Last night, the Cambodian noir band Krom led by Christopher Minko and lead vocalist Sophea Chamroeun concluded an historic three night run, playing three very different venues, at Overground Bar just off of Sukhumvit Road, in Bangkok, Thailand to an overflow standing room only crowd. It was a fitting finale for the Phnom Penh based bi-lingual band (Khmer and English). The unique sound of Krom is always original and often a mixture of Khmer and English lyrics, with an unambiguous message of ugly truth.


KROM – L to R:  James Mao Sokleap; Jimmy Baeck; Christopher Minko; Sophea Chamroeun; Sopheak Chamroeun

(Photo: Eric Nelson – Venue Toot Yung Art Center)

The remaining band members are the versatile Jimmy Baeck, who plays either a soulful slide guitar, accordion or saxophone and backup singer Sopheak Chamroeun, the sister of Sophea. The talented sisters studied traditional Cambodian dance and music under the countries best masters, through the internationally acclaimed Cambodian Living Arts Program. Mr. Minko reminded the Overground crowd of the genocide atrocities inflicted upon Cambodians by Pol Pot and the Khmer Rouge, which had a particularly horrific effect on those involved in the arts. The newest Krom member is bass guitar player James Mao Sokleap, who also serves as record producer for Krom’s upcoming third album.


KROM Lead Man Christopher Minko

(Photo: Alasdair McLeod – Venue Hansar Hotel)

Krom was born from a place of darkness and their songs frequently touch on personal and dark themes. Krom’s debut 2012 album is titled SONGS OF THE NOIR, which became popular after frequent radio station play. The following year their NEON DARK album also became a success, particularly with listeners in the United Kingdom. In early 2015 Krom will release, MEKONG DELTA BLUES.

Bottom line is the world’s a shit-hole in so many ways – you can either try to do some good and effect positive change or you can selfishly turn your back on it all – I just try to do my best with my music and with my disability work and hopefully achieve some good things in a rather complex world acknowledging life’s horrors and beauties are so intermingled as to be beyond all understanding. – Christopher Minko (From a February 2014 interview)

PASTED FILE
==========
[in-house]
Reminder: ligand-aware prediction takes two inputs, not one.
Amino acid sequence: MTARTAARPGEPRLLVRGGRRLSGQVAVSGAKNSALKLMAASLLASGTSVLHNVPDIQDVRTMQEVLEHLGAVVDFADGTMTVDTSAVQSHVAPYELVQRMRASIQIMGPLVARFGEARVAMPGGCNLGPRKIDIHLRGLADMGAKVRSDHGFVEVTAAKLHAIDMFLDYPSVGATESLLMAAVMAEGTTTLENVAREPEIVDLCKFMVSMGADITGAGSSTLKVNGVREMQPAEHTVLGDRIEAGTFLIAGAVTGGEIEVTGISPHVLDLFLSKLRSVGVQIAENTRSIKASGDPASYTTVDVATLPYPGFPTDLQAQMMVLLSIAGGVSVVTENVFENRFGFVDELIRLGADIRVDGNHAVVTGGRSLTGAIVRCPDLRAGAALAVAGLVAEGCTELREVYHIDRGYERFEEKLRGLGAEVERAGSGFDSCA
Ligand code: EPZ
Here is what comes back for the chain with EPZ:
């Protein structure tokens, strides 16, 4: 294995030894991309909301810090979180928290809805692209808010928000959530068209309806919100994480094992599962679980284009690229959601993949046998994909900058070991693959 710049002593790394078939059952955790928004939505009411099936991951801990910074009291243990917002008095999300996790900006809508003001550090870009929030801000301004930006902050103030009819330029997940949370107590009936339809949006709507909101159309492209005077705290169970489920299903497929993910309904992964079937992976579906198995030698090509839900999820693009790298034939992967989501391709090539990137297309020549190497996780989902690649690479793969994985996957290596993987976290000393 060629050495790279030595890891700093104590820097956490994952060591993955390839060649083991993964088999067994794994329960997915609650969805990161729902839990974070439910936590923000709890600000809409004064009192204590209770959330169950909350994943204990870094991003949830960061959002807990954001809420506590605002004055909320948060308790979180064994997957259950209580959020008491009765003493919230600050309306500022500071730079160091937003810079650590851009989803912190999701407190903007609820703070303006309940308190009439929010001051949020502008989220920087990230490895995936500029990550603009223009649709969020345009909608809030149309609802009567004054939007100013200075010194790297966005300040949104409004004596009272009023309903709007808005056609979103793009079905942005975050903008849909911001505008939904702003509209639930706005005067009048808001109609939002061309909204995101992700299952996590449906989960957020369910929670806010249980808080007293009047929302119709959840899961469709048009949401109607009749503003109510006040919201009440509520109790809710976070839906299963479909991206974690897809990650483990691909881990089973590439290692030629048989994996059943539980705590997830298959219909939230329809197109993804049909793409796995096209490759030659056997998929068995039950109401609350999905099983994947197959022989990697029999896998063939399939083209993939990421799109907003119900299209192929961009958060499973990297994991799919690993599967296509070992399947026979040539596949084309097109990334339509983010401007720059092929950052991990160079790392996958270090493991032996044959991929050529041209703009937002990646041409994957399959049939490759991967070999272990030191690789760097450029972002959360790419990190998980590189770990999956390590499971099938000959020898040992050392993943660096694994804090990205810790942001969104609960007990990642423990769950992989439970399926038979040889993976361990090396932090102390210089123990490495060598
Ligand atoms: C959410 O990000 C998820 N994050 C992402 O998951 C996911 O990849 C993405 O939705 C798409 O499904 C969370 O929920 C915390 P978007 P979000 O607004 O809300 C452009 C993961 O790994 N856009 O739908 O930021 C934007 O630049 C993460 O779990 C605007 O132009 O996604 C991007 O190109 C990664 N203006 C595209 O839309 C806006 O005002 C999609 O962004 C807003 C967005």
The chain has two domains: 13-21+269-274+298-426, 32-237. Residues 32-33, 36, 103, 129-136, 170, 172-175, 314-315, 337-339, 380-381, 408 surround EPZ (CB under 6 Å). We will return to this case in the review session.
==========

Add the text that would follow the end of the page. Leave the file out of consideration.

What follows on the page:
The above quote by Chistopher Minko should give you some concept of the man and the message he wishes to convey in his work and his music even if we have to accept, as he reminds us in song and lyrics, that we live in a world that has gone “stark raving mad.”

krom singer

KROM Female Vocalist Sopheak Chamroeun

(Photo: Alasdair McLeod – Venue Hansar Hotel)

The three venues that Krom played from December 18th, 19th & 20th could not be more diverse. The beauty of Krom is that their language of music can be understood by anyone, anywhere – even if the Khmer lyrics cannot always be. From the under the sky, 19th floor outdoor platform of the 5 Star Hansar Hotel, where they opened, to the Toot Yung Art Center, highlighting works by other artists, to the second level walk-up of the appropriately “Paint it Black” interior of the conversely named Overground Bar, Krom has a message to tell. They tell it with dignity and clarity: It’s not a pretty world out there.

Paint it Black

Christopher Minko and James Mao Sokleap

(Photo:  John Fengler – Venue: Overground Bar)

Woven into the Krom experience is, respect. You saw the respect in the eyes of Sopheak as she listened to her sister, Sophea. You sensed the respect as Christopher Minko graciously and literally took a back seat to the Khmer singers at times during the performances, to appreciate not only their voices but their culture, which is being preserved and expanded by performances such as these. And you heard the respect when Christopher Minko took the time to thank his good friend, Christopher G. Moore and some of the many members of the talented Bangkok expat community in attendance on closing night.

Overground Bar

Closing Night for Krom at the Overground Bar and Cafe in Bangkok, Thailand. December 20th, 2014

(Photo: Mark Desmond Hughes)

Connections were re-established and bridges were built. The journey for Krom from Cambodia to Bangkok will be easier and hopefully more frequent in the future. Bangkok has no shortage of things to do, musically and otherwise. Yet Krom created a genuine energy by their presence in Bangkok. There are more travels and more countries ahead for Krom in 2015, including Germany, France and Australia. Those who have experienced Krom tend to become fans. Of the music and the message. Both are worth exploring further.


Sophea Chamroeun

(Photo: Mark Desmond Hughes)

Visit Krom’s web site and support these fine artists and their message if you are so inclined.


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